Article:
Since 2018, Equity, Diversity and Inclusion Consultant and expert Dr. Dwinita Mosby-Tyler of The HR Shop and The Equity Project has helped us examine how we repeat the cycle of oppression. She has worked with us to shape our practices with racial equity in mind. We began internally with our recruiting and hiring practices, equity training, employee handbook and team culture. During this time we also launched an initiative to rebuild our board of directors. We developed a skills and qualifications matrix and applied a racial equity lens. Through this, we built a board to help advance the work of the organization with racial, political, sexuality, spirituality and age diversity—something that had been lacking since our founding in 2004.
Dr. Mosby-Tyler also officially helped guide and craft The Alliance’s EDI (Equity, Diversity, Inclusion) strategy as part of our strategic planning process in 2019. In 2020, after years of our own internal equity journey, we launched our strategic plan with equity at the center.
This effort has since moved into our external work, helping to shape our programs and supporting us in making decisions through an equity lens. This includes a series of training sessions for our staff, board, tenants and Coalition members led by The Equity Project. We hope to continue transforming our well-meaning intentions into positive, helpful action that will keep pushing equity forward. It all starts with listening and learning with humility and vulnerability, and we can’t thank Dr. Mosby-Tyler and Ariana Flores enough for their willingness to work so deeply with us.
Times of disruption are opportunities to reflect on the practices that have brought us to the present moment—to identify and nourish what works and release what no longer serves. The pandemic is only one of many crises facing our economy. Climate change, biodiversity loss and systemic racism and inequality are only a few of the headwinds faced by our economy. Built on unequal prosperity, our energy, food, infrastructure, economic and democratic institutions are more fragile than we knew. Some people say that they want things to return to normal, but for too many, “normal” didn’t work. It was degenerative and detrimental to both people and the planet.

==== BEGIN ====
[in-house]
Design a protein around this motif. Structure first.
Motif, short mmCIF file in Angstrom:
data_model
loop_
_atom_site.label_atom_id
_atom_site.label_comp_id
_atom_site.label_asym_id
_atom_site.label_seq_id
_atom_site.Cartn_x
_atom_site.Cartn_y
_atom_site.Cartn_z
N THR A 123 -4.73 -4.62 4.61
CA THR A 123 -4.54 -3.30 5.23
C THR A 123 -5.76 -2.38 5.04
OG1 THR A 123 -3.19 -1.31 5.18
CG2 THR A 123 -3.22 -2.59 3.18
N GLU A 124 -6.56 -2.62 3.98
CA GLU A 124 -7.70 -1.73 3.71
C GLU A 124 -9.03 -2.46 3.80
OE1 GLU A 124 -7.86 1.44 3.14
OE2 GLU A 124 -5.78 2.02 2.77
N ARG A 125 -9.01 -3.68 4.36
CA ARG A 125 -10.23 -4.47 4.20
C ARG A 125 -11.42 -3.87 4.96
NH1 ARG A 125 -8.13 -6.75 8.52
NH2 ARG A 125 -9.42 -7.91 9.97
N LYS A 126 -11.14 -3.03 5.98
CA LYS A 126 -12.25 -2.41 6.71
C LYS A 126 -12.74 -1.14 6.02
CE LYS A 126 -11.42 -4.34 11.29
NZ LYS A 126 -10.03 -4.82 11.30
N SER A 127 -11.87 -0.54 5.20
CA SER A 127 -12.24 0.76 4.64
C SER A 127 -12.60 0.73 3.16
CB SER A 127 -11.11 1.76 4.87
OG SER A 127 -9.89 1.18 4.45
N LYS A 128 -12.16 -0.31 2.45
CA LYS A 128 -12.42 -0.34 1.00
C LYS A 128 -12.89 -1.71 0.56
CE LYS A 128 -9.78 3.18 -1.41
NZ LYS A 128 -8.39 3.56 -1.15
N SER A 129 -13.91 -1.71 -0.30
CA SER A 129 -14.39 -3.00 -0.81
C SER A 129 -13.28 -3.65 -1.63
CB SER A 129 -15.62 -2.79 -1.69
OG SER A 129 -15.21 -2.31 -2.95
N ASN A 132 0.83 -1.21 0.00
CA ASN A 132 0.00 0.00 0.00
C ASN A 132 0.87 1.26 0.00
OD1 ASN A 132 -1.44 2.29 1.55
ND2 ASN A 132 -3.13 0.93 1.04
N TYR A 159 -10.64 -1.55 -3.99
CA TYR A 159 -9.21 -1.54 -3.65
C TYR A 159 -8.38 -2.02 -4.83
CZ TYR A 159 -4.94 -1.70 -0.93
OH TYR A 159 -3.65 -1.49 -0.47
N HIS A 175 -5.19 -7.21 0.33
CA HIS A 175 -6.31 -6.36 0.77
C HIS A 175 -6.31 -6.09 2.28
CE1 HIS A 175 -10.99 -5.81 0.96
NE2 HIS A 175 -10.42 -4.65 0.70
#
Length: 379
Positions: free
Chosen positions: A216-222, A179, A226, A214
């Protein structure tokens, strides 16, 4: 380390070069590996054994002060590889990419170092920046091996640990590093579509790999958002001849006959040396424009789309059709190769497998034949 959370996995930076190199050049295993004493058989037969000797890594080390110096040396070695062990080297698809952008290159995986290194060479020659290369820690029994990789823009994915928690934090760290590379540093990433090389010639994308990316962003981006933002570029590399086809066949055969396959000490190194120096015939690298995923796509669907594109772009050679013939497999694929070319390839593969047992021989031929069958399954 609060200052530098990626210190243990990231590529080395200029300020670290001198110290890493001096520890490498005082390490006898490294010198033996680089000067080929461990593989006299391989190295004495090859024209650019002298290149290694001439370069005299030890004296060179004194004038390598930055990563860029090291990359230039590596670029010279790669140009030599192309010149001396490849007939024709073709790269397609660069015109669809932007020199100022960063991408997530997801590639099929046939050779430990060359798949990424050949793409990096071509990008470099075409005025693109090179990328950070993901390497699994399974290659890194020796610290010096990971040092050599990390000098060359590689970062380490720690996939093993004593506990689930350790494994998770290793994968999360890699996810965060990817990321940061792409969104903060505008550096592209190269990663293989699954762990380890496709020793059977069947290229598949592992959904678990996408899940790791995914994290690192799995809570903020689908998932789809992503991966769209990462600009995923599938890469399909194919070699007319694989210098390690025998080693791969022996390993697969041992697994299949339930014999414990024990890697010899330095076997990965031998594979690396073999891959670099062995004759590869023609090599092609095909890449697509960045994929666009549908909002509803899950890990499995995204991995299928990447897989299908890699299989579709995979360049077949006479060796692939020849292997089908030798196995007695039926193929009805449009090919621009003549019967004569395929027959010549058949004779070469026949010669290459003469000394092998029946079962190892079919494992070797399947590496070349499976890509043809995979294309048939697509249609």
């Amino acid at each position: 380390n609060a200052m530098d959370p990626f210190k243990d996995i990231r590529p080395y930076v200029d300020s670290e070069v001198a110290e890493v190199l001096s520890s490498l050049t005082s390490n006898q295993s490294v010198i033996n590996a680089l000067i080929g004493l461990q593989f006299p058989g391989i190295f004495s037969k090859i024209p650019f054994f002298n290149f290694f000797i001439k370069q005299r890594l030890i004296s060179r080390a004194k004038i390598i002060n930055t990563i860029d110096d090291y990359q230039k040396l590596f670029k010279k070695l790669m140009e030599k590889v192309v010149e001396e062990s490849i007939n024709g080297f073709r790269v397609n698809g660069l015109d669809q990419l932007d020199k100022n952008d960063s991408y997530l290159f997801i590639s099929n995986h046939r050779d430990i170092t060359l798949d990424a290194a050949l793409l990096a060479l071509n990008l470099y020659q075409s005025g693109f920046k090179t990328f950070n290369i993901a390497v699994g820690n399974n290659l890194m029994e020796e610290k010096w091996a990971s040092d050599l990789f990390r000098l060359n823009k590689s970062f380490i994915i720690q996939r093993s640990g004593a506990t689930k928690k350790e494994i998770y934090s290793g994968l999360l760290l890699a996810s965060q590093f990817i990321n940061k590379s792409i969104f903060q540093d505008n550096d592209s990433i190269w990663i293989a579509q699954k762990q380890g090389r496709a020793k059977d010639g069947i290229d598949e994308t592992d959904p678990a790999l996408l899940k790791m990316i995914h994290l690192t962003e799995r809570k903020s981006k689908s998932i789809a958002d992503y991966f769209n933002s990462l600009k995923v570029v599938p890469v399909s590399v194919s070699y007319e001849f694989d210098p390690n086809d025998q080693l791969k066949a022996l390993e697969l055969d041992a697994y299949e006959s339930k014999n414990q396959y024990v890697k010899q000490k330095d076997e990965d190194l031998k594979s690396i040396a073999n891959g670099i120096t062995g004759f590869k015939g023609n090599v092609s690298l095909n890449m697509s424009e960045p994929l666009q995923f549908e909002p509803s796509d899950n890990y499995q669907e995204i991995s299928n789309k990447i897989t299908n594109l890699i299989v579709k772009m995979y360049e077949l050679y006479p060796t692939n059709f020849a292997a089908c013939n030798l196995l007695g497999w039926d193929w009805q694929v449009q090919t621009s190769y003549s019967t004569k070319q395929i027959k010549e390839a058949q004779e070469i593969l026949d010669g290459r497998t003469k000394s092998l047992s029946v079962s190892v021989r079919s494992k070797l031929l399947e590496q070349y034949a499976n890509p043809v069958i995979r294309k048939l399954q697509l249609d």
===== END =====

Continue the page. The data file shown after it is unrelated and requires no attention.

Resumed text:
We are now at a tipping point of deep societal change. The Alliance is harnessing this potential for systems level change through The Coalition. The Coalition started through deep community listening in 2020, which generated the eight fundamentals of a regenerative recovery. Equity is central to them all: it is the foundation upon which we build. When I started tracking our audience demographics back in 2015, The Alliance’s audience achieved only 5% racial diversity. Now, through the work of the Coalition, we have improved that to at least 36%—better, but still not where we need to be. So, what are we doing now?
We will continue to work with Dr. Mosby-Tyler and her team at both The Equity Project and The HR Shop. The Equity Project is guiding us once again to develop an equity blueprint for our next strategic framework, which will take us through 2027. We continue to conduct EDI trainings and workshops for our staff, board, tenants and Coalition members. The HR Shop will continue to help with policy review and recruiting as we build our team for the growth ahead. We also developed an equity lens upon which we now vet all decisions and projects.
Our internal staff is continuing to develop the competencies and areas of expertise needed to advance our EDI work both internally and through our programs. Yet we are constantly on a learning journey to accomplish deeper and better EDI work. I have personally joined the Colorado Inclusive Economy, a group of CEOs, executives and equity champions supporting each other as we build specific EDI strategies into each of our organizations.
The next chapter for us includes a continual focus on internal improvement, intentional relationship building and partnering with stakeholders, frontline communities and organizations who are centering their work in equity. The Coalition is growing wings to scale across the nation in the years ahead, and we aim to do so as an antiracist organization helping to lead the regenerative movement.
The Alliance has always demonstrated sustainability in action. It’s now time we focus on regeneration in action, with equity at the center of everything we do. The journey ahead is one of healing: healing the centuries of embodied trauma we have bestowed upon ourselves, each other and the natural world.
With gratitude and appreciation,
Brenna Simmons-St. Onge